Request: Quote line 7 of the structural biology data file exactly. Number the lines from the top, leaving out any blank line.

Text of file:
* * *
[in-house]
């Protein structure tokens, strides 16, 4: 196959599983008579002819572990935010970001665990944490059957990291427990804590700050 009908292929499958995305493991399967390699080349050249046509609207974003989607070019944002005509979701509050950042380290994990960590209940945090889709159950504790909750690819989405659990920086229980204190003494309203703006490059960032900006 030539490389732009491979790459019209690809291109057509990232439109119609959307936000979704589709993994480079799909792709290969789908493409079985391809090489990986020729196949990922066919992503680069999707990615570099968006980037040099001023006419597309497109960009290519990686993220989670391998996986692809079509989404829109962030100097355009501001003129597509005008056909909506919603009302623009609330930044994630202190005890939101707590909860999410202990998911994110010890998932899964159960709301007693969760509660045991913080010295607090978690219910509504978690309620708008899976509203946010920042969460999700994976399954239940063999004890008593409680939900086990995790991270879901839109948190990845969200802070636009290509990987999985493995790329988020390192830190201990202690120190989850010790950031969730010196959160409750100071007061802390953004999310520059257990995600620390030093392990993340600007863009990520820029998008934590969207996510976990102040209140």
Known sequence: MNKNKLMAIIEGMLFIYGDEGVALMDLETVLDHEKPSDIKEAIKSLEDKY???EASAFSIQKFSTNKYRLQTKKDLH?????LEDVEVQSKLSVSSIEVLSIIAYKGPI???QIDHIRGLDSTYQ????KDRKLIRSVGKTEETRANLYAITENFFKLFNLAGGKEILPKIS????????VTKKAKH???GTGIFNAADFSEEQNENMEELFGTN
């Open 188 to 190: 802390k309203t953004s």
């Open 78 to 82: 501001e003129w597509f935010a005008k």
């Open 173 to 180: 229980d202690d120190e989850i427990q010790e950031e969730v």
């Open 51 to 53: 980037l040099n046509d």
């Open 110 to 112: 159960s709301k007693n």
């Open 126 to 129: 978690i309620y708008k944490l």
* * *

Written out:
């Open 51 to 53: 980037l040099n046509d």